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Important to question justice system in lieu of police shootings of unarmed men

The recent police killings of several unarmed African American men – and the lack of indictment of the police officers involved – have inspired multiple organized protests across the United States.

This past weekend, on Saturday, December 13th, civil rights leader Reverend Al Sharpton led a marching assembly of over 10,000 people to the U.S. Capitol to demand an end to racial profiling by police.

The “Justice for All” march in downtown D.C. unified the supporters of two deceased black men: Eric Garner and Michael Brown, both of whom were killed by police officers.

Just hours later, even larger groups of protesters stormed the streets of Manhattan, San Francisco and Oakland.

In response to the killings, President Obama has voiced support for the requirement of personal police cameras.

Had cameras been recording the interaction between Michael Brown and Officer Darren Wilson in Ferguson, Missouri, we would know whether or not Brown held his hands up [as protesters maintain] or whether he assaulted Wilson, as he testified in front of the grand jury.

Tamper-proof recording devices would provide an objective, third-party account of all police encounters.

Technicalities aside, personal cameras would function along the same lines as surveillance cameras in stores: behavior is regulated and curbed by an internalized awareness of being watched.

It’s like Thomas Jefferson once said, “Whenever you do a thing, act as if all the world were watching.”

However, given the fact that the entire incident in Staten Island between Eric Garner and Officer Daniel Pantaleo was recorded on video but there were no charges filed against the officers involved, how beneficial would body cameras actually be?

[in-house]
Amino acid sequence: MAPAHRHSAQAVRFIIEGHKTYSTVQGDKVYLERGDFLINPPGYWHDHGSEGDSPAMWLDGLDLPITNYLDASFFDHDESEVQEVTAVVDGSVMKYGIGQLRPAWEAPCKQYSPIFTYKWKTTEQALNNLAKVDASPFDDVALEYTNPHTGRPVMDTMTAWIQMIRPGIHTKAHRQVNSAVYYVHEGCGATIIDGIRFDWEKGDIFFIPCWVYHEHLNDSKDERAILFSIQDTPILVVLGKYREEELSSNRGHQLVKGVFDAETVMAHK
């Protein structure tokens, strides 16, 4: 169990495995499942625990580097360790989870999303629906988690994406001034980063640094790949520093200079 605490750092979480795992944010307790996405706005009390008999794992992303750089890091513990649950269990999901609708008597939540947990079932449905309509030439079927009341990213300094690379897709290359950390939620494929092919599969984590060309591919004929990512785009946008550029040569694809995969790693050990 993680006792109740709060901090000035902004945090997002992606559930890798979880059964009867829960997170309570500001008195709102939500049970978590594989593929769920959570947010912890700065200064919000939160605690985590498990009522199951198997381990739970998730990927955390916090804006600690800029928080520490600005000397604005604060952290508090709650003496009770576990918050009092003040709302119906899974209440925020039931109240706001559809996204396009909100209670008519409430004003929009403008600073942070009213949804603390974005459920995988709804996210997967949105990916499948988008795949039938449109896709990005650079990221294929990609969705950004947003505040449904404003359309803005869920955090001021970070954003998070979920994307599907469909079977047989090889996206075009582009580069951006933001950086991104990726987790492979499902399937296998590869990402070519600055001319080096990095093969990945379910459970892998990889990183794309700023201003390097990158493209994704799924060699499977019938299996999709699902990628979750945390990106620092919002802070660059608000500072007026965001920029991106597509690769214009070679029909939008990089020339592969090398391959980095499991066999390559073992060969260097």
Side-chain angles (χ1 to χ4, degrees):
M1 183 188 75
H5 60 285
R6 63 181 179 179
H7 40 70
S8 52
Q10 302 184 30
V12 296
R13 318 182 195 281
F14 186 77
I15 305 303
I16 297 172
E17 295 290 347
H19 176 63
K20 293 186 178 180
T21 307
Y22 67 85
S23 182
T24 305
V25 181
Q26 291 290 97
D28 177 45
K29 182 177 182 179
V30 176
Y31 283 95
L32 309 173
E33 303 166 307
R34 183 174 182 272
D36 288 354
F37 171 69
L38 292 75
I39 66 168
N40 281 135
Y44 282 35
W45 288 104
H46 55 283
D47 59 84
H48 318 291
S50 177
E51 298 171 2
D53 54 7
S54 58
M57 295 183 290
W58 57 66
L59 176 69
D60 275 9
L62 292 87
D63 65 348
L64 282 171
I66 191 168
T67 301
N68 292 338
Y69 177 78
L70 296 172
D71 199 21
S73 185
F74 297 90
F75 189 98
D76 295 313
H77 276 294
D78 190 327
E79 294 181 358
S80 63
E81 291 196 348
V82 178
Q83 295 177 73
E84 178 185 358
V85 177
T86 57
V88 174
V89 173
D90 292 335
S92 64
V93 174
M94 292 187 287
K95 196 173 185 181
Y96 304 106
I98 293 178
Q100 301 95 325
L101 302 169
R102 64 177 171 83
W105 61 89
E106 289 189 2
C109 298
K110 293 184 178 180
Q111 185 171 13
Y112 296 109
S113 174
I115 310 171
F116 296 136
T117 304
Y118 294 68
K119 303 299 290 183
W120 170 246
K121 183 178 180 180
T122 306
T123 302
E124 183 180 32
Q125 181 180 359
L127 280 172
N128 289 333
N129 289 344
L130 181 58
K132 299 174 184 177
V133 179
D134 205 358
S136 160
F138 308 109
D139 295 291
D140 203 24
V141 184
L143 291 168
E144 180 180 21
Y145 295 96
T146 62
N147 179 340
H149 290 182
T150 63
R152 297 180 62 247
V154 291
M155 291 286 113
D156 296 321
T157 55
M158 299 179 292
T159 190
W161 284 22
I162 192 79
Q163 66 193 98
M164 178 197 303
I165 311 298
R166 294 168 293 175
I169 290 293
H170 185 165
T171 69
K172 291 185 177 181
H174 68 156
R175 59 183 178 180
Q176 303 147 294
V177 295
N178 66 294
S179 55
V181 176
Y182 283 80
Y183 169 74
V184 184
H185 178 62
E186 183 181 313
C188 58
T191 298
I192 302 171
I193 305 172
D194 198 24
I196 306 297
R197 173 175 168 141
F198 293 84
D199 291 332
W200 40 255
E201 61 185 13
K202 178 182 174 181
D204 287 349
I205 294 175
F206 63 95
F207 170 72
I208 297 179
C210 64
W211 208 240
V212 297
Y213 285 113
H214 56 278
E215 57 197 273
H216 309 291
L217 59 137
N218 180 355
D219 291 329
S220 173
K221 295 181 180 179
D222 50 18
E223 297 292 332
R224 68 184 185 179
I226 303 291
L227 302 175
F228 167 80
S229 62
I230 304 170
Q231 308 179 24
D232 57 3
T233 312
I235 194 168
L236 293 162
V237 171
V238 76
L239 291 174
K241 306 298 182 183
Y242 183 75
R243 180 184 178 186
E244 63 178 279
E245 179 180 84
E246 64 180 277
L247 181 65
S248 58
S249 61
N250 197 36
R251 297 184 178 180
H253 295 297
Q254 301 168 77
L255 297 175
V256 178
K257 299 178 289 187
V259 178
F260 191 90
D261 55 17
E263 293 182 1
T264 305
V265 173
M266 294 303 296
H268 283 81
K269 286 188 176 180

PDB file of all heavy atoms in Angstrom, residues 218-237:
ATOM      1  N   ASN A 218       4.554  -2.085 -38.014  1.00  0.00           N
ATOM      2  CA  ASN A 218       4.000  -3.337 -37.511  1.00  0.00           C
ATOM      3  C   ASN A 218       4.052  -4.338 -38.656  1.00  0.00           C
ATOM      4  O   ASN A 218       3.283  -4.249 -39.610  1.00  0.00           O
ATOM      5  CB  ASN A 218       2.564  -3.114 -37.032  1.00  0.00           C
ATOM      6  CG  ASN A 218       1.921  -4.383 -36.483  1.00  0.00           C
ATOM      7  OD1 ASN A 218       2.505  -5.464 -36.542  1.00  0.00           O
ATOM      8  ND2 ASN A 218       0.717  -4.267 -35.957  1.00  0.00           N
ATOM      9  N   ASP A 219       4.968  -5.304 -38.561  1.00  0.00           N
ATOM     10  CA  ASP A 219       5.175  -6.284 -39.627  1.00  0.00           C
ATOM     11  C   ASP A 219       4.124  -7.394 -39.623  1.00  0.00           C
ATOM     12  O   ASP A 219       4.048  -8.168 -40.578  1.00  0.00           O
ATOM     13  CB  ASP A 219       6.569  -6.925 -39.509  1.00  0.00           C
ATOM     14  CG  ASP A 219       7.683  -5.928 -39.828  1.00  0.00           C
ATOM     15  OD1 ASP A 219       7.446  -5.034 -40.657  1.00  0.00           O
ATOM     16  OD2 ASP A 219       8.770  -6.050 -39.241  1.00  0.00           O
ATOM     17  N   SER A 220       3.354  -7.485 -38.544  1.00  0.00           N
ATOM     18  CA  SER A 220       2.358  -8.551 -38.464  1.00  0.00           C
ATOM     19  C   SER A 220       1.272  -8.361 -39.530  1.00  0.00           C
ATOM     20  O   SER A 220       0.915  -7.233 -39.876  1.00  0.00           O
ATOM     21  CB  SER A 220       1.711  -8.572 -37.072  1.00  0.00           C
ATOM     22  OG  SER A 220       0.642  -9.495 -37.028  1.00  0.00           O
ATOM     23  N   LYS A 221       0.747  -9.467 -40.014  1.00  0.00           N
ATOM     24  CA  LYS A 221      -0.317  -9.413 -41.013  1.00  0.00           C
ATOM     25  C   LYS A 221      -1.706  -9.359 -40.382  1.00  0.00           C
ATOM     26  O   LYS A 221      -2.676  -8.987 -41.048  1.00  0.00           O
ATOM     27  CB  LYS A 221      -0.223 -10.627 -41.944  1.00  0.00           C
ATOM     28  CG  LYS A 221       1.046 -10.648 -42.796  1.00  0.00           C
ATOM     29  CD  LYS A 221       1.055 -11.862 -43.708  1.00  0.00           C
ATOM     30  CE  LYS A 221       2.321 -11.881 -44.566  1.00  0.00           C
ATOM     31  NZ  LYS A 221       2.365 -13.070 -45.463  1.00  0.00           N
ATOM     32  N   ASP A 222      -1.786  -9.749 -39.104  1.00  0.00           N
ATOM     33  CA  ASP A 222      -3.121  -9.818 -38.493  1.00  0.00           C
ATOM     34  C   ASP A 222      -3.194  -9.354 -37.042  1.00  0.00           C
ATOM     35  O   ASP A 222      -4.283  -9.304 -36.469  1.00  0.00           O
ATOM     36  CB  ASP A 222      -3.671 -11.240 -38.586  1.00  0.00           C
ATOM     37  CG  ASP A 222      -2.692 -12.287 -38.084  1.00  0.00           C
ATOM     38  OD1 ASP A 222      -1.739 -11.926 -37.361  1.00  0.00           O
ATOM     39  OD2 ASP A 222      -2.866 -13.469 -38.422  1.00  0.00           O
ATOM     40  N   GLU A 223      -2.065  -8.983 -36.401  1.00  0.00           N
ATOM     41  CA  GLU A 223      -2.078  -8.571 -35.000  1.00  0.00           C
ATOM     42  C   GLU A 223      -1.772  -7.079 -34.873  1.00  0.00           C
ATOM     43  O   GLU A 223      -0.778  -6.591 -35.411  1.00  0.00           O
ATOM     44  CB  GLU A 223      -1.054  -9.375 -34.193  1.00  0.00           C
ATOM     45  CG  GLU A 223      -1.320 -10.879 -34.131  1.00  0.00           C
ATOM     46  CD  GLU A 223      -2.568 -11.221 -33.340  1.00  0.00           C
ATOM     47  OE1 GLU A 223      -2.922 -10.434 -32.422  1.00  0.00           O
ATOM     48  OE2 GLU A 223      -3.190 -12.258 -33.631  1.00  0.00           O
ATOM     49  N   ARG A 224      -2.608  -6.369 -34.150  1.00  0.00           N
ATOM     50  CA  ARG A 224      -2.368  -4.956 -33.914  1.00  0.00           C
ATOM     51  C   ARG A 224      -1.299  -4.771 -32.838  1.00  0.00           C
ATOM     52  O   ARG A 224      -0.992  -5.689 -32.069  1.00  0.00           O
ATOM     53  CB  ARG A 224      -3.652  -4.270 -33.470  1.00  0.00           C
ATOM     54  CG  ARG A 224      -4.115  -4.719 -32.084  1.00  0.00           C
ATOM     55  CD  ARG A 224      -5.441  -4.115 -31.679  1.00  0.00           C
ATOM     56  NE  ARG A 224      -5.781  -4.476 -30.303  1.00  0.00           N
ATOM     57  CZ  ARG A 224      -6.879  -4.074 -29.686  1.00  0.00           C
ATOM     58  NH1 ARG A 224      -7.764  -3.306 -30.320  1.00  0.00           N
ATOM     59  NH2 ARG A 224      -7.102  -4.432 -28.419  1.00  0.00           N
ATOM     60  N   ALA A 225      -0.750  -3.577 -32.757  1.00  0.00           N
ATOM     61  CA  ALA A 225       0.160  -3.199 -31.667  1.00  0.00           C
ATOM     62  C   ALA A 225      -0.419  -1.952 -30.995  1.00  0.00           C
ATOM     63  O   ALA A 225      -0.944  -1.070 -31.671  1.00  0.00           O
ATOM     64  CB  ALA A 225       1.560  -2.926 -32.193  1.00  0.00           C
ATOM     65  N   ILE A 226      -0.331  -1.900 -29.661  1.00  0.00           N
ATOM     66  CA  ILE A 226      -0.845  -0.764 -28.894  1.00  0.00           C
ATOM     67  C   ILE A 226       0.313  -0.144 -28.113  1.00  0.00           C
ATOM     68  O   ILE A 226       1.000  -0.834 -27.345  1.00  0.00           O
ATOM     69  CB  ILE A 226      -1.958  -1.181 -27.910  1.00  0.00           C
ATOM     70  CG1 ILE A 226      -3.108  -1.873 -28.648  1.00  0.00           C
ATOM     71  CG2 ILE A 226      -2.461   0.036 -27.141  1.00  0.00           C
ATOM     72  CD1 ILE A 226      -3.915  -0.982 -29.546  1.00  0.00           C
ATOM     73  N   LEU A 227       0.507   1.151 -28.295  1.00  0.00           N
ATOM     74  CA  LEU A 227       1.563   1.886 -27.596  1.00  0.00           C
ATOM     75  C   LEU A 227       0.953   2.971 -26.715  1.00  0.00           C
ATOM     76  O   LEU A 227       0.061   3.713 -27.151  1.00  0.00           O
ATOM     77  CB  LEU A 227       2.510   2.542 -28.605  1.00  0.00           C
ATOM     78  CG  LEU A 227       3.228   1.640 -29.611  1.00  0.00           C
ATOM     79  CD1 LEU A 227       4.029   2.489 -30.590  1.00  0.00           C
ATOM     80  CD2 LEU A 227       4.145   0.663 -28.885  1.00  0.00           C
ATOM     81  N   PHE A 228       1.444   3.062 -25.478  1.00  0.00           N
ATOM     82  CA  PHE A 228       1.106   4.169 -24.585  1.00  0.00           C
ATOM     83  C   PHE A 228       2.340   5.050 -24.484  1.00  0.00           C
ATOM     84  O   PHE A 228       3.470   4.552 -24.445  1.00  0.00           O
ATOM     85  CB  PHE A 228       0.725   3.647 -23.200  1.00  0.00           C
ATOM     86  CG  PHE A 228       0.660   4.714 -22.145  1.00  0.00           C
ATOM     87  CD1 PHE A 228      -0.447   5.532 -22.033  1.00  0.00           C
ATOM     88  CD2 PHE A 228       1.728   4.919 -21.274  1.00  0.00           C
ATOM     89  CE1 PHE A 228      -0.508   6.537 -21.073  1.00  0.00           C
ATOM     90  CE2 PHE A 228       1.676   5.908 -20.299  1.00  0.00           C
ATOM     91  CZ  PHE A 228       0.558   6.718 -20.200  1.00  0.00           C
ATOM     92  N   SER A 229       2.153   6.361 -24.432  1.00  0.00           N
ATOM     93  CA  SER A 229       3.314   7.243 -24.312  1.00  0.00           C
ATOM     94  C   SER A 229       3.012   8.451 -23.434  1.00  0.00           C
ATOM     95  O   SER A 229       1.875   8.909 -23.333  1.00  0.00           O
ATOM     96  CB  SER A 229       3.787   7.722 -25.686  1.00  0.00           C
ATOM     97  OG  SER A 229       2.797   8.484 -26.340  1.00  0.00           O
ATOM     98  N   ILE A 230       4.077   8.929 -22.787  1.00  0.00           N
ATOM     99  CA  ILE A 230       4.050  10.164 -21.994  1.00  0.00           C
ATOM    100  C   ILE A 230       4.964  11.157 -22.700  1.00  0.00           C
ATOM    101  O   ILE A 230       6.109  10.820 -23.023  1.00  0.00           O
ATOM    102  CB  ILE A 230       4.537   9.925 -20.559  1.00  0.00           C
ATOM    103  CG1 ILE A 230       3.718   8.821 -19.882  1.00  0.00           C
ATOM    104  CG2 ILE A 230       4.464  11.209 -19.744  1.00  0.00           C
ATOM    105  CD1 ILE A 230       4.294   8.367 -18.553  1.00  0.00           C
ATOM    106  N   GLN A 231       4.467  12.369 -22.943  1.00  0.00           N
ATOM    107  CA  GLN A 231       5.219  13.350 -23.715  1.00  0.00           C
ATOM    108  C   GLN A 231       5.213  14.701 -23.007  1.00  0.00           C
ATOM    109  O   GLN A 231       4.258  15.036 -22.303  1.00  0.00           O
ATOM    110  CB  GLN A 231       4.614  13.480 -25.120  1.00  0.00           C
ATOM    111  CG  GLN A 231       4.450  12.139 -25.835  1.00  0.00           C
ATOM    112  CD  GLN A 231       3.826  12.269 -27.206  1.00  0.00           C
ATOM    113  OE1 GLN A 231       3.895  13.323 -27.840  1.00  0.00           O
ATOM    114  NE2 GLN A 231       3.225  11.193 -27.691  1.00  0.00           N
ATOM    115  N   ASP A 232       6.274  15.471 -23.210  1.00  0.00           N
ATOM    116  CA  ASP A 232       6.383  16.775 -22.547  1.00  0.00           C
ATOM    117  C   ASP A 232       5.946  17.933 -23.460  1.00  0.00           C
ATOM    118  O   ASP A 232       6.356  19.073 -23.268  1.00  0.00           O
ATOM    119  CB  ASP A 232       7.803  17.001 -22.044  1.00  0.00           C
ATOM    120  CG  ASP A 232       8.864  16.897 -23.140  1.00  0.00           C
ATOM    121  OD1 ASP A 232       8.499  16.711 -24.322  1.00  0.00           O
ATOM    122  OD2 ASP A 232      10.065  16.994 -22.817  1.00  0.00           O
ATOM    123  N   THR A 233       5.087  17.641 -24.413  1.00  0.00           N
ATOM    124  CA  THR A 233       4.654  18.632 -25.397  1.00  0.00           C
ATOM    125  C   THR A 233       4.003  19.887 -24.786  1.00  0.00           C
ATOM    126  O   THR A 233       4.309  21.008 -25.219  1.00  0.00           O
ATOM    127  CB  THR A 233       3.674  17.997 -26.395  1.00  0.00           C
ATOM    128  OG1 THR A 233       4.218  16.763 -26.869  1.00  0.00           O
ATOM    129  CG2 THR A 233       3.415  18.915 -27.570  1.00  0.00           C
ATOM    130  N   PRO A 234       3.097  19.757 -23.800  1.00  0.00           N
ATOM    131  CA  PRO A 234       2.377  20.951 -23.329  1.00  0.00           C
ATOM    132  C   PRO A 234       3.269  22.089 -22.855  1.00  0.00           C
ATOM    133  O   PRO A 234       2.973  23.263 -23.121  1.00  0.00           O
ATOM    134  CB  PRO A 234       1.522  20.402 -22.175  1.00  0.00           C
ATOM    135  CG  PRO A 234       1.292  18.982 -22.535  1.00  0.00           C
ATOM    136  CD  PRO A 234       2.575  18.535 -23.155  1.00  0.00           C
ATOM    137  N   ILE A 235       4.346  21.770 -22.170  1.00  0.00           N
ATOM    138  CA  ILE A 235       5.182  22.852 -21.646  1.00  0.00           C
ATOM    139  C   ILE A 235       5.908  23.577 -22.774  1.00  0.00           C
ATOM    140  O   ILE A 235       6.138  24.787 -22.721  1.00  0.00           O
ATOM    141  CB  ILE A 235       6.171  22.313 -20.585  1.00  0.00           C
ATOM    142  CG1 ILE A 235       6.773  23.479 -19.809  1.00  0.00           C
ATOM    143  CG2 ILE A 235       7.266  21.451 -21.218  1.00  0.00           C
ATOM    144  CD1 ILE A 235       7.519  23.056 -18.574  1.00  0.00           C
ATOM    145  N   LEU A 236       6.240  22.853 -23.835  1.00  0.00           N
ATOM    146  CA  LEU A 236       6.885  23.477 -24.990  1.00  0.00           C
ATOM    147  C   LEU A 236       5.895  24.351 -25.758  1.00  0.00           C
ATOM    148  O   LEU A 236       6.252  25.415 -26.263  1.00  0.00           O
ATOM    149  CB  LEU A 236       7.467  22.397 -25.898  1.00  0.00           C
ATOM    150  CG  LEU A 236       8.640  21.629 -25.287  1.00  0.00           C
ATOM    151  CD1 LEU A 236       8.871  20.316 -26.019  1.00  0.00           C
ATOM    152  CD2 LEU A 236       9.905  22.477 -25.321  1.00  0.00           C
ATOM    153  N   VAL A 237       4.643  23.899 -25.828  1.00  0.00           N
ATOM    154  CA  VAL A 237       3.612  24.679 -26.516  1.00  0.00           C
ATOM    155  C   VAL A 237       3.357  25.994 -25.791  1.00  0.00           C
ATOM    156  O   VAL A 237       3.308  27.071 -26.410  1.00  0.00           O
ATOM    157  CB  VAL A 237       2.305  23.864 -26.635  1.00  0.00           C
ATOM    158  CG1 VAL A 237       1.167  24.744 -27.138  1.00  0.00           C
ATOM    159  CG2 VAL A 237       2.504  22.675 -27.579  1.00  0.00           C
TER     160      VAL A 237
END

In fact, not only were the officers exonerated for their actions, the only person indicted in the Eric Garner case was the person who provided the video footage.

What makes this particularly hard to swallow is the fact that, for months, those involved in the Michael Brown case have reached different conclusions regarding certain indefinite and ambiguous claims.

Did Brown have his hands raised or not? Did Officer Wilson fear for his life when he shot and killed Brown?

But in the case of Eric Garner, with perfect clarity and video recorded evidence, no officers were indicted and blame was placed on anything but the seeming injustices of a flawed and prejudiced system.

For the second time in a ten-day span, a grand jury [which, in Federal cases, has a 99 percent indictment rate] failed to indict an officer who caused the death of an unarmed man.

Perhaps this is the result of a criminal justice system that is composed of two separate, but equally significant parts: Firstly, a police force that investigates crime and secondly, the district attorneys whose job it is to prosecute. Essentially, they are colleagues that work together, so when one group is called into question – in these cases, the police officers – the situation becomes tricky.

Questioning the system that brings forth these results is both imperative and urgent and as the “Justice for All” march demonstrates, it’s actively being done.

I certainly don’t pretend to know all of the facts regarding either of the aforementioned cases and I will admit that bias is introduced from both sides when you look at any source of information.

However, I do believe there is great promise for the current social unrest to develop into something positive, transformative and revolutionary that has the potential to sweep through and seize this nation.

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